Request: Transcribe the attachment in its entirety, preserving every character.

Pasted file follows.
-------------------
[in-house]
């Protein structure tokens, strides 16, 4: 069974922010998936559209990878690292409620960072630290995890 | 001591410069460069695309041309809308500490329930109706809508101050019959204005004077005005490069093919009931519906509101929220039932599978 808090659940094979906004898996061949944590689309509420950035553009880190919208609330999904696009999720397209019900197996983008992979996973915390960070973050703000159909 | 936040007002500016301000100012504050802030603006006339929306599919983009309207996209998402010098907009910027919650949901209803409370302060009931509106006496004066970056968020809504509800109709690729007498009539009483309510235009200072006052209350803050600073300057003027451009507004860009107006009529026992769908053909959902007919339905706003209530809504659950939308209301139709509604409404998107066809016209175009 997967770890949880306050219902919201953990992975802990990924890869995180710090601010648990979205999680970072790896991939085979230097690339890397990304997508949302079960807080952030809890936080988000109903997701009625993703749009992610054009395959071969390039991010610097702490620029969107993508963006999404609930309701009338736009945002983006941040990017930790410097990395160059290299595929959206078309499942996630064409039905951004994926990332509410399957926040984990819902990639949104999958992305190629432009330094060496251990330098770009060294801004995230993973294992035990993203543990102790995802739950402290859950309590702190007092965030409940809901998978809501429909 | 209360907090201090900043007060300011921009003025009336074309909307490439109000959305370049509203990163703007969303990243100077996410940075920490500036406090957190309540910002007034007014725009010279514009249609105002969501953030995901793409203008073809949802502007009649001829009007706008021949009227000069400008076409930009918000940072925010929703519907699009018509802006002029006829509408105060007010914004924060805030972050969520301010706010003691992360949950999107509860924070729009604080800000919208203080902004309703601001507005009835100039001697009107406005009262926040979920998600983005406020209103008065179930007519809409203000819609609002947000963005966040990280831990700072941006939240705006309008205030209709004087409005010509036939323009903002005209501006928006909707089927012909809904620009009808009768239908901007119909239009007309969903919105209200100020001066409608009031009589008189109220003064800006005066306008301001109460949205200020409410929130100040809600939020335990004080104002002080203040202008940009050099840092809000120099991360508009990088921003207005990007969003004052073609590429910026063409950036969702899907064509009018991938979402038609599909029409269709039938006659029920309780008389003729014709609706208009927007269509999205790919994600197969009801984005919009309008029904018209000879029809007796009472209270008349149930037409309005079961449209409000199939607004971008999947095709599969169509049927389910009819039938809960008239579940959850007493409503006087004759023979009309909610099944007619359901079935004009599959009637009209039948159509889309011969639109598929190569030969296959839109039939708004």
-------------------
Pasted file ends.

[in-house]
């Protein structure tokens, strides 16, 4: 069974922010998936559209990878690292409620960072630290995890 | 001591410069460069695309041309809308500490329930109706809508101050019959204005004077005005490069093919009931519906509101929220039932599978 808090659940094979906004898996061949944590689309509420950035553009880190919208609330999904696009999720397209019900197996983008992979996973915390960070973050703000159909 | 936040007002500016301000100012504050802030603006006339929306599919983009309207996209998402010098907009910027919650949901209803409370302060009931509106006496004066970056968020809504509800109709690729007498009539009483309510235009200072006052209350803050600073300057003027451009507004860009107006009529026992769908053909959902007919339905706003209530809504659950939308209301139709509604409404998107066809016209175009 997967770890949880306050219902919201953990992975802990990924890869995180710090601010648990979205999680970072790896991939085979230097690339890397990304997508949302079960807080952030809890936080988000109903997701009625993703749009992610054009395959071969390039991010610097702490620029969107993508963006999404609930309701009338736009945002983006941040990017930790410097990395160059290299595929959206078309499942996630064409039905951004994926990332509410399957926040984990819902990639949104999958992305190629432009330094060496251990330098770009060294801004995230993973294992035990993203543990102790995802739950402290859950309590702190007092965030409940809901998978809501429909 | 209360907090201090900043007060300011921009003025009336074309909307490439109000959305370049509203990163703007969303990243100077996410940075920490500036406090957190309540910002007034007014725009010279514009249609105002969501953030995901793409203008073809949802502007009649001829009007706008021949009227000069400008076409930009918000940072925010929703519907699009018509802006002029006829509408105060007010914004924060805030972050969520301010706010003691992360949950999107509860924070729009604080800000919208203080902004309703601001507005009835100039001697009107406005009262926040979920998600983005406020209103008065179930007519809409203000819609609002947000963005966040990280831990700072941006939240705006309008205030209709004087409005010509036939323009903002005209501006928006909707089927012909809904620009009808009768239908901007119909239009007309969903919105209200100020001066409608009031009589008189109220003064800006005066306008301001109460949205200020409410929130100040809600939020335990004080104002002080203040202008940009050099840092809000120099991360508009990088921003207005990007969003004052073609590429910026063409950036969702899907064509009018991938979402038609599909029409269709039938006659029920309780008389003729014709609706208009927007269509999205790919994600197969009801984005919009309008029904018209000879029809007796009472209270008349149930037409309005079961449209409000199939607004971008999947095709599969169509049927389910009819039938809960008239579940959850007493409503006087004759023979009309909610099944007619359901079935004009599959009637009209039948159509889309011969639109598929190569030969296959839109039939708004």